Greetings, boils and ghouls!
Today is Halloween – one of the most popular U.S. holidays, with more than 21 million searches per month.
Clearly, this means Halloween needs to be celebrated by the digital marketing community.
So I decided to mark this Halloween in the spookiest way possible.
I asked 19 SEO pros to share the most terrifying stories – the most horrifying situations they’d ever faced during their career.
This post is not only here to entertain you, but to also remind you how one small mistake can destroy the whole site’s SEO performance.
Hopefully, next year at this time, you won’t be featured in one of these gruesome Halloween roundups!
Jason Barnard, Founder, Kalicube
Back in 2013, I was called in to have a manual penalty lifted. I spent a year disavowing thousands of spammy backlinks.
I also took the opportunity to clean up the site – deleting doorway pages, switching to SSL and HHTP2, reorganizing the categorization, optimizing the images, adding some funky Schema, and a few other nice tricks.
After three months, the penalty was lifted, and six months later we were seeing 10 percent+ traffic increases every month.
One day I noticed the Google +1 count had shot up from 20 to 1,020.
Turns out, the boss had become frustrated with the “slow” progress and bought them from what he called a “reputable” online service.
A few days later, manual penalty.
Back to square one.
A client decided to open up a marketplace system within their existing ecommerce platform.
All those vendors got their own profile and unique URLs for their product range.
Next, to that, the general ecommerce environment added new facets for every individual vendor. They proudly launched the platform together with 120 vendors.
All those new facets and vendor pages added up to over 1 billion new URLs for a domain that used to have 120,000 indexable URLs.
Nobody involved in that project understood the implications of the new setup for SEO and it took us six months to clean up again.
Clark Boyd, Founder, Candid Digital
I worked at an agency for a little bit whose “USP” was that they use freelancers to perform all the usual SEO tasks.
My first project there was to try and coordinate 382 new landing pages, all of which were due to launch on the same day for a big event.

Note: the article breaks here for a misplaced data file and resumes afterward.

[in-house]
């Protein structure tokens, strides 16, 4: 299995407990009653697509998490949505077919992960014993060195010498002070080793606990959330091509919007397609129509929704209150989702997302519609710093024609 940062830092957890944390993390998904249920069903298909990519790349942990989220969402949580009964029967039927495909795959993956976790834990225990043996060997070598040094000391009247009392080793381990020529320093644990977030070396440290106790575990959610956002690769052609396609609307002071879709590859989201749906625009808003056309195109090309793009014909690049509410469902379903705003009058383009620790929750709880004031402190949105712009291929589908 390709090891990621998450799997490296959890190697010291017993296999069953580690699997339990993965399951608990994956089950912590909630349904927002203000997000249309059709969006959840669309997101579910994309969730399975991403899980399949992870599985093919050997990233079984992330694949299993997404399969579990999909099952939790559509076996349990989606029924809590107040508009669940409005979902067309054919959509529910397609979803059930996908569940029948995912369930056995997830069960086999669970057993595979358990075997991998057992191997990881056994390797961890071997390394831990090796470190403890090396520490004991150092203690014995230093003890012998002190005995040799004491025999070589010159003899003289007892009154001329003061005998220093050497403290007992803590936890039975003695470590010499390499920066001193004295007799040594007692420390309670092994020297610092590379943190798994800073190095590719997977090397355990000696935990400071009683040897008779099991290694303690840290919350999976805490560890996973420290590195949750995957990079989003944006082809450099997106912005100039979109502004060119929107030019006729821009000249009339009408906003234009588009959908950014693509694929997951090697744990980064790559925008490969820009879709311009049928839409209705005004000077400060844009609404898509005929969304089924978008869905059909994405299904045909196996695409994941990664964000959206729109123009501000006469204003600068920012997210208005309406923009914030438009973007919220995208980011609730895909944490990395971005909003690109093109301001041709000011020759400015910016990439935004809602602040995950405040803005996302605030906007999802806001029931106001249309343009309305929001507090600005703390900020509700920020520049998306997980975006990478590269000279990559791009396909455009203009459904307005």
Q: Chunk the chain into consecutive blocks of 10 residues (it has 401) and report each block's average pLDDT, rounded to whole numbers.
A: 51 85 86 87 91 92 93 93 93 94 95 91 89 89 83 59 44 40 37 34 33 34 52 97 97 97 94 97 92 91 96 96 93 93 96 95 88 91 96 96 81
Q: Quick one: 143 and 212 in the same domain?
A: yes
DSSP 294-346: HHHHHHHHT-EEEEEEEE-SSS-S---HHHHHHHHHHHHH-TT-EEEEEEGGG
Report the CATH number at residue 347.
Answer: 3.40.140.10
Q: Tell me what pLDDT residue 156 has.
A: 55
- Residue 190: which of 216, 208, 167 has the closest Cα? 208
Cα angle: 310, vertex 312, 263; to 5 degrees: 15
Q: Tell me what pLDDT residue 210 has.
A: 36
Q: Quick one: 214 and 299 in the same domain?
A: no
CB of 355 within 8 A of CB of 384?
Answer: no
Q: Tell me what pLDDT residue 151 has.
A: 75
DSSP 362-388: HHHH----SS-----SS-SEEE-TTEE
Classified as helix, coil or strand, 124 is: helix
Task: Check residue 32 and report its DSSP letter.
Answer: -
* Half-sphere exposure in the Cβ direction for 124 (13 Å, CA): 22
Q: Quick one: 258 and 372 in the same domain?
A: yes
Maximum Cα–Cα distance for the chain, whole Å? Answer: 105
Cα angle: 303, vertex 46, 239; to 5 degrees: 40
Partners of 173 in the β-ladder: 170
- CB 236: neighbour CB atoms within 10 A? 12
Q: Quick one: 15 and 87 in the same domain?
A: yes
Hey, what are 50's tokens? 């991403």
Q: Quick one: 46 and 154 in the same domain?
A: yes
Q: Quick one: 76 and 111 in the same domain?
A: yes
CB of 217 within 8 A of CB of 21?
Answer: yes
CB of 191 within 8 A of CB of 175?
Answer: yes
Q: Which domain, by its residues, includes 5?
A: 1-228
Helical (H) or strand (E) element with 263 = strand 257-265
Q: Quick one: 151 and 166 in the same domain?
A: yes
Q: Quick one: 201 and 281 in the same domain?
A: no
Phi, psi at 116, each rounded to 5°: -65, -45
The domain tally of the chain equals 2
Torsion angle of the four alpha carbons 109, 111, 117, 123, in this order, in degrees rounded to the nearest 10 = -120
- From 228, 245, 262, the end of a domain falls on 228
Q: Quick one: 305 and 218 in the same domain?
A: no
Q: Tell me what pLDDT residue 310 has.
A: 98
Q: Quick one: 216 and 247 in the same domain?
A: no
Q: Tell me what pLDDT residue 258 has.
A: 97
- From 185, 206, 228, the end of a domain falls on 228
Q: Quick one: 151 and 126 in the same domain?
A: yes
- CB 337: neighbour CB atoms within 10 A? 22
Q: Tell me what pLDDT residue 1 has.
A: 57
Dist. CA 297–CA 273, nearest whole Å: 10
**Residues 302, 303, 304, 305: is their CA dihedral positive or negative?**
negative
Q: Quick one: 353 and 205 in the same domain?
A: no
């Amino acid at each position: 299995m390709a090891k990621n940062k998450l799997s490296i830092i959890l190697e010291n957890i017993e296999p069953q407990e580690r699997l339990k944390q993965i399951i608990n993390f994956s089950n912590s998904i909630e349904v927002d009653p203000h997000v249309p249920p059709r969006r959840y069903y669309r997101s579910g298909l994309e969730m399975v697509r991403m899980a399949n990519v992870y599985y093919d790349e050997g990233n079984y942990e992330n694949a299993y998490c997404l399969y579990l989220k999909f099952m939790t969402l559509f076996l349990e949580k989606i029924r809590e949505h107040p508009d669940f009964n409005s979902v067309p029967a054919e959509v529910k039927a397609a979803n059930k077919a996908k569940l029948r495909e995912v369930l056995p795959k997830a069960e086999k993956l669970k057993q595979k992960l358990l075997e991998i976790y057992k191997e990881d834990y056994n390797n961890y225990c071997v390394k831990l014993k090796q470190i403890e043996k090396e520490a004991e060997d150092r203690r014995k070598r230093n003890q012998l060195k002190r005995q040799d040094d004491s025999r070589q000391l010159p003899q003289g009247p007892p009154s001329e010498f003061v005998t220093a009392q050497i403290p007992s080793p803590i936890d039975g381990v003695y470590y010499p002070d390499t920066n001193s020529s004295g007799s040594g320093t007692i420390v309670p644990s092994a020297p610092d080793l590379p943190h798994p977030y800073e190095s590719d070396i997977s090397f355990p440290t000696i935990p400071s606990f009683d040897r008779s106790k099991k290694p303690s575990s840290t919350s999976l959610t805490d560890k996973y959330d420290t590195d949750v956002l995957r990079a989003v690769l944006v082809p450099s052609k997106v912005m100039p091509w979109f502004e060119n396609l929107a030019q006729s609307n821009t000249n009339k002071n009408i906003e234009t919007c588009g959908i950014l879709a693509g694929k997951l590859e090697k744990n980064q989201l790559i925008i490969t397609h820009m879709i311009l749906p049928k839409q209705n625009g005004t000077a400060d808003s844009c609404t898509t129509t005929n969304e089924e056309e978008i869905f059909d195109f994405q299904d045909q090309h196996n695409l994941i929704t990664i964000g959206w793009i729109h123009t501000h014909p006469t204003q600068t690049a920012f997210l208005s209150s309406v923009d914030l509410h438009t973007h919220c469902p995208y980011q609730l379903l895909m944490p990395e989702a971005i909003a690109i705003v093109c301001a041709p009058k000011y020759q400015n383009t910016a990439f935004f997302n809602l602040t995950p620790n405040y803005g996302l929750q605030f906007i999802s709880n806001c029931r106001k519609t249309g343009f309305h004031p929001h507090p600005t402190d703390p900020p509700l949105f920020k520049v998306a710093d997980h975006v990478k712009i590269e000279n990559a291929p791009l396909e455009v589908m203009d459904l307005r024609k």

The agency used to sell in these preposterous projects on the proviso that the “freelancer network” could deliver.
The assets were delivered to me on time by the freelancers, but the client was less than impressed with the quality.
No, that’s too diplomatic.
They hated it.
With two days until launch, we were 382 pages from our target.
In the end, I and one colleague worked round the clock to write titles, descriptions, and many, many paragraphs.
I’m not sure it was any good, but the content was at least a little better than what we had…
Craig Campbell, Founder, Craig Campbell SEO
I was working with someone on their website to help them rank better within the Lancashire area for a number of terms.
We were making good progress with technical SEO – then they decided to move from WordPress to Wix in order to “save on costs.”
And yes, it looks good; but the rankings are now tanking.
Adam Connell, Founder, Blogging Wizard
When I was doing agency work a few years ago, my team and I spent 3+ years working with a client to develop content assets, build links, and increase rankings/traffic.
One day traffic and rankings plummeted. I opened up the site to start figuring out why. The problem was obvious – the blog didn’t exist anymore.
Turns out that a customer service rep at their host “accidentally” deleted their entire blog. Along with all their backups. And their ToS got them out of any responsibility.
The impact was significant: 400+ blog posts and content assets wiped out in an instant. They had to be resurrected from drafts in emails and old Word documents.
Even if your client only hires you to work on content/SEO, and even if they have an agency managing their website – make sure they have redundant backups for everything.
And I mean everything.
Rachel Costello, Technical SEO Executive, DeepCrawl
It seemed like just another ordinary day in the office – how was I to know that a client was about to tell me something that would send a terrible chill down my spine?
One morning I was checking the crawl error report in Google Search Console for a new ecommerce client.
There had been a huge spike in crawl errors, from less than a hundred or so to thousands.
I started checking through the website itself. Category page after category page was either completely empty or had just one or two products left on it, when the last time I checked the previous day they were full.
I then checked the back-end in the CMS and saw, to my horror, that over two-thirds of all of the products had been disabled even though there was still stock left, meaning all of these product pages we’d been working hard to improve were now serving 404s.
I set up a call with the client as soon as I could to find out what had happened.